Attack the Block

If you live in the US, odds are that Joe Cornish’s name doesn’t mean much to you. Yet. Known for The Adam And Joe Show in the UK, as well as small roles in Edgar Wright’s Shaun Of The Dead and Hot Fuzz, his script for The Adventures of Tintin: The Secret of the Unicorn – which he co-wrote with Wright, along with the long-gestating Ant-Man – has yet to be appreciated by mainstream American audiences. His first directorial effort, however, is one the best theatrical experiences I’ve had in a long time. Mixing a kids-in-a-gang premise with an old-fashion standoff and incorporating fantastical creatures using rotoscoping techniques that would make Ralph Bakshi proud, Attack The Block will undoubtedly make you excited for ANYTHING he puts his name on in the future.

Set in south London, the film follows a group of hoods in their early teens who are involved in selling drugs, assaulting and robbing people who pass by their street corner, and general shenanigans. After mugging Sam (Jodie Whittaker), a local nurse, the group spots a pod of sorts falling from the sky, which crashes down and destroys a car right next to them. Moses (John Boyega), the leader, gets scratched by a creature emerging from the wreckage and, seeing it run off, gives chase to an old building where he kills it immediately. Dragging the corpse through the neighborhood back to their dealer’s HQ, Hi-Hatz (Jumayn Hunter) sees the act as a rite of passage and decides to “make” Moses. That is, if the larger, nastier aliens who just crash landed in the neighborhood don’t tear them to shreds first.

Saying that Attack The Block is a cross between Rumblefish, Assault on Precinct 13 and Critters is a fair comparison, but a tad too simplistic. Cornish’s feature-length debut is a gathering of gifted newcomers, including cinematographer Thomas Townend and most of the cast. Seeking an authentic representation of the disaffected and trouble youth in the UK (a subject touched upon quite a bit in British cinema over the past few years including Hot Fuzz and Heartless), Cornish cast young unknowns for his hood group who actually provided insight into the hierarchal ruling involved and the proper slang to use (which is sadly the most discussed about aspect of the film), among other things. All of the kids are phenomenal, taking what would be one-note characters and turning them into sympathetic and REAL people, especially Boyega who steals the show as Moses. Because of this, none of them – including the adult characters – really feel like fodder; every scene and character feels essential.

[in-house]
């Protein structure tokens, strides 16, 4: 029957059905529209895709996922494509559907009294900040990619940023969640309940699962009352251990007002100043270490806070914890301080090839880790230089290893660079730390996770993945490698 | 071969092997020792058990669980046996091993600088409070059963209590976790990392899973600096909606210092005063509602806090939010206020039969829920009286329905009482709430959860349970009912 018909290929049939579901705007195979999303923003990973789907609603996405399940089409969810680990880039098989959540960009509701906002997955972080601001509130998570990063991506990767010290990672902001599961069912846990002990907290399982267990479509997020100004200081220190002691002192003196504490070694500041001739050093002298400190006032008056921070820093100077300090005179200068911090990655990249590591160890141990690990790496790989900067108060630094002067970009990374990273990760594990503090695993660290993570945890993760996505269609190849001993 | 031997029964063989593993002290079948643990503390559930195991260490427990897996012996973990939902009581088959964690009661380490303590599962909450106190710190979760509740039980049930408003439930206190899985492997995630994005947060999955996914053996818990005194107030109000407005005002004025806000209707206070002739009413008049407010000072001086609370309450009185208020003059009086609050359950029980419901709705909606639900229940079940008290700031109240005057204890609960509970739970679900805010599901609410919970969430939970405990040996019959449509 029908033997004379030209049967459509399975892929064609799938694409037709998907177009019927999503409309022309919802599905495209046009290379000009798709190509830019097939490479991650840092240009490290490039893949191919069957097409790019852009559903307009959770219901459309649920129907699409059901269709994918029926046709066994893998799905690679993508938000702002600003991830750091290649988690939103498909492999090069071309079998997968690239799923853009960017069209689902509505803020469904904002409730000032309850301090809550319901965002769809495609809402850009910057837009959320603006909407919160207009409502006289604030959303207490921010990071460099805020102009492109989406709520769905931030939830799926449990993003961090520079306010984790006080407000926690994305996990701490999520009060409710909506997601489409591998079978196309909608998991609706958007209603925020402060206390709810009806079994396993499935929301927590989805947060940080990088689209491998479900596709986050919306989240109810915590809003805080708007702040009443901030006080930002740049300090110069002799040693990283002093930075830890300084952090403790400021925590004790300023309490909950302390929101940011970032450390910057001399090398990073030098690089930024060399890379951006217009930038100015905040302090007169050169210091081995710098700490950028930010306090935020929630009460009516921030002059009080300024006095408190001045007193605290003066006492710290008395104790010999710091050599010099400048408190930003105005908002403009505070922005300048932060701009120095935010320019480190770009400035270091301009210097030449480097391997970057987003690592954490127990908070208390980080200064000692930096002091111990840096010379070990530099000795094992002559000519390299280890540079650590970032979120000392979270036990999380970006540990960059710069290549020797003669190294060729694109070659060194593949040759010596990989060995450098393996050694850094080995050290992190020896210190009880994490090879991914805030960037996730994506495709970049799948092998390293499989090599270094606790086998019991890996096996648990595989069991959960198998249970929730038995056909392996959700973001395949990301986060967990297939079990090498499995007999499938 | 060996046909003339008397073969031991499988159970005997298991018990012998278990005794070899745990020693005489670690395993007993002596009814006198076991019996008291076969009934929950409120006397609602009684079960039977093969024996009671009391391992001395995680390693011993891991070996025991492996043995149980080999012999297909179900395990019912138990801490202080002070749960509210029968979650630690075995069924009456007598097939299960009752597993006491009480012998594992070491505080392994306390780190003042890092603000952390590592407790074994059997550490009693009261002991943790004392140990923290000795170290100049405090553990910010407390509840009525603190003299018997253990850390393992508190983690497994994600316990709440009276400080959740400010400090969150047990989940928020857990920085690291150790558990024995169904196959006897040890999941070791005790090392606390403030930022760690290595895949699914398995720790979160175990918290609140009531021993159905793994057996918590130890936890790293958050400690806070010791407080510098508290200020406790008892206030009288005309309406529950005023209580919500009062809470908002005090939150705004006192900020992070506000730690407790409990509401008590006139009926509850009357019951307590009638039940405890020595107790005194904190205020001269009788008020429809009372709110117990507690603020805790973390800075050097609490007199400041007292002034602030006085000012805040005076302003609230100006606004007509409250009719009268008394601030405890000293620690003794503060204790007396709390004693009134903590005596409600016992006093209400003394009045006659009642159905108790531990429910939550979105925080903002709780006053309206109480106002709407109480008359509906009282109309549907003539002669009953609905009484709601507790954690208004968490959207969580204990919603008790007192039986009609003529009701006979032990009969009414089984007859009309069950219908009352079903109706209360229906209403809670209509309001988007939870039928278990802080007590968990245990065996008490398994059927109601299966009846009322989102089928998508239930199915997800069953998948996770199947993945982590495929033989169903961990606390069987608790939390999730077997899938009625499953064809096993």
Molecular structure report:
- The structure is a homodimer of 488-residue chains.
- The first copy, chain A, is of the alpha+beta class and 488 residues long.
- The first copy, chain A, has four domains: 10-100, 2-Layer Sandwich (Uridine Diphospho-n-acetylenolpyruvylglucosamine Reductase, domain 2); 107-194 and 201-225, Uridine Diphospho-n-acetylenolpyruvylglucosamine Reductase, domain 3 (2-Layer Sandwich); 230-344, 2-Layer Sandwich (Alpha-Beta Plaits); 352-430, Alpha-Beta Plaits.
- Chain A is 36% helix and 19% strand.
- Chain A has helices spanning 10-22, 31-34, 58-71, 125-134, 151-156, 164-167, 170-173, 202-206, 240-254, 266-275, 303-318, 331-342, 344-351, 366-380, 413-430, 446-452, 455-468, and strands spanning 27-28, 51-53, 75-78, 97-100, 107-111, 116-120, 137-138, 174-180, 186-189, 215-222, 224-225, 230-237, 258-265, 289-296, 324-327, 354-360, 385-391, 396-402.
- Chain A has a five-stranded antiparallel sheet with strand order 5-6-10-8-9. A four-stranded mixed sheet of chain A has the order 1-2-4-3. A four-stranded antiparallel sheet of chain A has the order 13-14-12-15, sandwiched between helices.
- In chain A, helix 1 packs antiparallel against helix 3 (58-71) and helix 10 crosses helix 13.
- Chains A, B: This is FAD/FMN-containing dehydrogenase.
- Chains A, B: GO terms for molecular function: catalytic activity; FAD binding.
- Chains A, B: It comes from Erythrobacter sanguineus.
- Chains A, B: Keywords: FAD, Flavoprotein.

What stands out just as much is the creatures’ production design. Like the creature-features of the 80s and early 90s, the aliens are wholly unique and effective, carrying traits that don’t make them seem like they were ripped off from a thousand flicks before. Their presentation, which is a mix between practical and rotoscoping techniques, works incredibly well, creating a shade darker than black while giving it texture.

A heavy dose of dry, witty humor mixed with engaging action and a score by Basement Jaxx that will appeal to fans of Daft Punk’s Tron: Legacy score, Attack The Block is an unquestionable homerun and the kind of film that doesn’t come around often enough. Cornish manages to take what could have been unlikeable antagonists and transforms them into heroes with razor-sharp wits and tongues through the occurrence of unlikely, random circumstances, making him come off like a British Shane Black. It’s a shame that the dialect is what the industry is buzzing about as the film looks for a distributor, and not how fun and refreshing an experience it is.

 

Official Score